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Kothari and Sons and Others Vs. N. Subramanian, Income-tax Officer, Central Circle Xiii - Court Judgment

LegalCrystal Citation
SubjectDirect Taxation
CourtChennai High Court
Decided On
Case NumberCriminal Misc. Petitions Nos. 2849, 2851, 2853, 2855, 2857, 2859, 2861, 2863, 2865, 2867, 2869, 2871
Judge
Reported in[1992]196ITR82(Mad)
ActsIncome Tax Act, 1961 - Sections 245D(1), 245D(1A), 245D(4), 245E, 245F, 245F(1), 245F(2), 245F(4), 245H, 245H(1), 245-I, 245M, 276C, 277 and 278; Indian Penal Code (IPC), 1860 - Sections 34, 120B, 193, 196 and 420
AppellantKothari and Sons and Others
RespondentN. Subramanian, Income-tax Officer, Central Circle Xiii
Appellant Advocate I. Subramanian, Adv.
Respondent Advocate Ramasamy K., Adv.
Cases ReferredAshvin Kumar Vadilal Patel v. S. Rajguru
Excerpt:
direct taxation - grant of immunity - sections 245c, 245d and 245h of income tax act, 1961 - when assessee has filed application before settlement commissioner under section 245c which includes application for grant of immunity from prosecution and such application has been allowed to be proceeded - till final order on said application are passed prosecution cannot be proceeded with subject of course to proviso to section 245h (1) - prosecution initiated even before filing of such application will have to be stayed till final decision on such application. head note: income tax prosecution--offence under ss. 276c, 277 and 278--false return and false verification--application before settlement commission--prosecution to stay till commission passes final orders. held : when an assessee.....arunachalam, j. 1. a common question arises for decision in all these petitions and hence they are isposed of together. the question is whether an assessee who had filed an application before the settlement commission under section 245c of the income-tax act the terms of which include grant of immunity from prosecution under section 245h of the act and such application had been allowed to be proceeded with by the settlement commission under section 245d of the act, would still be liable for prosecution when the settlement commission had not passed final orders on the said application under 245d(4) of the act. 2. in each one of these petitions, certain relevant dates have to be recorded. crim nal m. p. no. 2849 of 1983 has been filed to quash the proceedings in c. c. no. 2163 of 1982 on.....
Judgment:

Arunachalam, J.

1. A common question arises for decision in all these petitions and hence they are isposed of together. The question is whether an assessee who had filed an application before the Settlement Commission under section 245C of the Income-tax Act the terms of which include grant of immunity from prosecution under section 245H of the Act and such application had been allowed to be proceeded with by the Settlement Commission under section 245D of the Act, would still be liable for prosecution when the Settlement Commission had not passed final orders on the said application under 245D(4) of the Act.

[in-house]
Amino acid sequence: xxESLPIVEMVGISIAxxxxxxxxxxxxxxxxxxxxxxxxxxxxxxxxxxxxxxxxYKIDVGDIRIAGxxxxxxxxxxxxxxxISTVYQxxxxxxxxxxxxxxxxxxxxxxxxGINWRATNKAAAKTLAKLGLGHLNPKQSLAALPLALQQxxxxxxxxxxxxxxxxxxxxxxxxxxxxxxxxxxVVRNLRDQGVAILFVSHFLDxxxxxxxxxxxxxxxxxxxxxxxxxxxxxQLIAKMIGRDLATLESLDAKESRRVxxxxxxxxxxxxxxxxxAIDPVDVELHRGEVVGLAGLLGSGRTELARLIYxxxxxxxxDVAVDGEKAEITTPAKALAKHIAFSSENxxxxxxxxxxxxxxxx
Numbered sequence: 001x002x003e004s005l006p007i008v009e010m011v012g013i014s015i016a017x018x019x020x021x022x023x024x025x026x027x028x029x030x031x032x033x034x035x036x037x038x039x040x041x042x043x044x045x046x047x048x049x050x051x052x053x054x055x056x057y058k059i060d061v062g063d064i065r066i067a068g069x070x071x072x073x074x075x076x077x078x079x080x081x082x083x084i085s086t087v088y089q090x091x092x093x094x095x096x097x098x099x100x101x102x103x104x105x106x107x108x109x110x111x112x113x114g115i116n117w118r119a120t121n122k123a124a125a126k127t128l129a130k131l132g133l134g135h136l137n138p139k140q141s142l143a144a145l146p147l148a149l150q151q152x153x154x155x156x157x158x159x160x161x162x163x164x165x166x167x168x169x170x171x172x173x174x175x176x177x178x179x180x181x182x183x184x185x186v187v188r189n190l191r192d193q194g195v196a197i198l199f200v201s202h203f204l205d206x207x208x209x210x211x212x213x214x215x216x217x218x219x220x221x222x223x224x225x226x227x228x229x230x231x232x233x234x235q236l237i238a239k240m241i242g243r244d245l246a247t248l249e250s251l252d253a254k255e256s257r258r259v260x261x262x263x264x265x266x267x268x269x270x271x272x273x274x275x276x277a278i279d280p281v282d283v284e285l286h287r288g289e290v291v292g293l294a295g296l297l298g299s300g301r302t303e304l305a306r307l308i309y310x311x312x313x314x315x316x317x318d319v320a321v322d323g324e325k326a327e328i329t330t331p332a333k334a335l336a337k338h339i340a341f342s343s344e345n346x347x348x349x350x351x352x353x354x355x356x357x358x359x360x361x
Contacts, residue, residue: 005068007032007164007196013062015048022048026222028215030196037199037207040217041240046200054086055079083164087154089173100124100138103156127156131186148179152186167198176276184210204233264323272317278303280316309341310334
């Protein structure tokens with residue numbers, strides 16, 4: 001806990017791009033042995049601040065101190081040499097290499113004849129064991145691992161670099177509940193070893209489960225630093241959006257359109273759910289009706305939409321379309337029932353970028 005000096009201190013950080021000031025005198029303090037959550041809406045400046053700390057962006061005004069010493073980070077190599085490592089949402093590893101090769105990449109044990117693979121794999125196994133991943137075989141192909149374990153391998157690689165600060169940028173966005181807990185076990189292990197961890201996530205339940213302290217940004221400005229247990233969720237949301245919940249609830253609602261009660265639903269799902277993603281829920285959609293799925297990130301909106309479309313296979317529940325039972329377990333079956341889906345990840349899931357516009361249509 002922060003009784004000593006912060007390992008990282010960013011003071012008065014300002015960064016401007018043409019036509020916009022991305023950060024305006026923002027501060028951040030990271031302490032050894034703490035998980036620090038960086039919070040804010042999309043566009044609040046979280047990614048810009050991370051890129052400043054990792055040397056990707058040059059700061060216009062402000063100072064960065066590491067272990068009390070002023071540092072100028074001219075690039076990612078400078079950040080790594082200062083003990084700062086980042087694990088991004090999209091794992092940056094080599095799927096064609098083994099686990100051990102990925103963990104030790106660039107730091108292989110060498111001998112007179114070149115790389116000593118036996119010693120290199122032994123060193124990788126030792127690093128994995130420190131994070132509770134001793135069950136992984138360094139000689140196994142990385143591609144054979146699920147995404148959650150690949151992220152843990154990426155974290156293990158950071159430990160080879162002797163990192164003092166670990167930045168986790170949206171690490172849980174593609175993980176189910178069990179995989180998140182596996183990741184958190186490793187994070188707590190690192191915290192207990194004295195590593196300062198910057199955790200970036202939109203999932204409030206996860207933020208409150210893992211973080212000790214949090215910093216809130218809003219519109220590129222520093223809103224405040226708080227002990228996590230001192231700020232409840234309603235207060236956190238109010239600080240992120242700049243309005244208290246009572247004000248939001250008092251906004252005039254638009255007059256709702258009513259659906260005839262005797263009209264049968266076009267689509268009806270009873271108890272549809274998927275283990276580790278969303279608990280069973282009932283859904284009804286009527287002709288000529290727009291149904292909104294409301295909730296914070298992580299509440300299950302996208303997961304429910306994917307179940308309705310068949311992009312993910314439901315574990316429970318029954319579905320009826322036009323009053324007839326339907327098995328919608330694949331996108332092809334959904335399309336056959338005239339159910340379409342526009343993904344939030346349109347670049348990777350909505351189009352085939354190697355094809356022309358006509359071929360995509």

2. In each one of these petitions, certain relevant dates have to be recorded. Crim nal M. P. No. 2849 of 1983 has been filed to quash the proceedings in C. C. No. 2163 of 1982 on the file of the Additional Chief Metropolitan Magistrate, Egmore, Madras, initiated by the respondent, viz., Income-tax Officer, Central Circle XIII, Madras, alleging commission of offences by the petitioners and another under sections 120B, 34, 193, 196 and 420, Indian Penal Code, and sections 276C, 277 and 278 of the Income-tax Act, 1961, referable to the assessment year 1977-78. The petitioners are A-1, A-2, A-4 and A-5. A-3 has not chosen to invoke the inherent powers of this court to have the proceedings against him quashed. A complaint was filed before the trial Magistrate on August 1, 1982. The first petitioner, Messrs. Kothari and sons (A-1), filed an application on November 3, 1982 before the Settlement Commission which, after notice to the Commissioner of Income-tax as contemplated under section 245D, was allowed to be proceeded with by an order dated October 20, 1983. The second petitioner, D. C. Kothari (A-2), filed a similar application before the Settlement Commission on September 21, 1984, which was permitted to be proceeded with by an order dated February 2, 1990. The third petitioner, P. D. Kothari (A-4), had not filed any application before the Settlement Commission. The fourth petitioner, C. S. Menon (A-5), filed an application on November 6, 1982, before the Settlement Commission, but it was rejected on November 9, 1983, under section 245D of the Act. As far as the petitioners Nos. 3 and 4 are concerned (A-4 and A-5), the question raised will not attract their liability to face prosecution.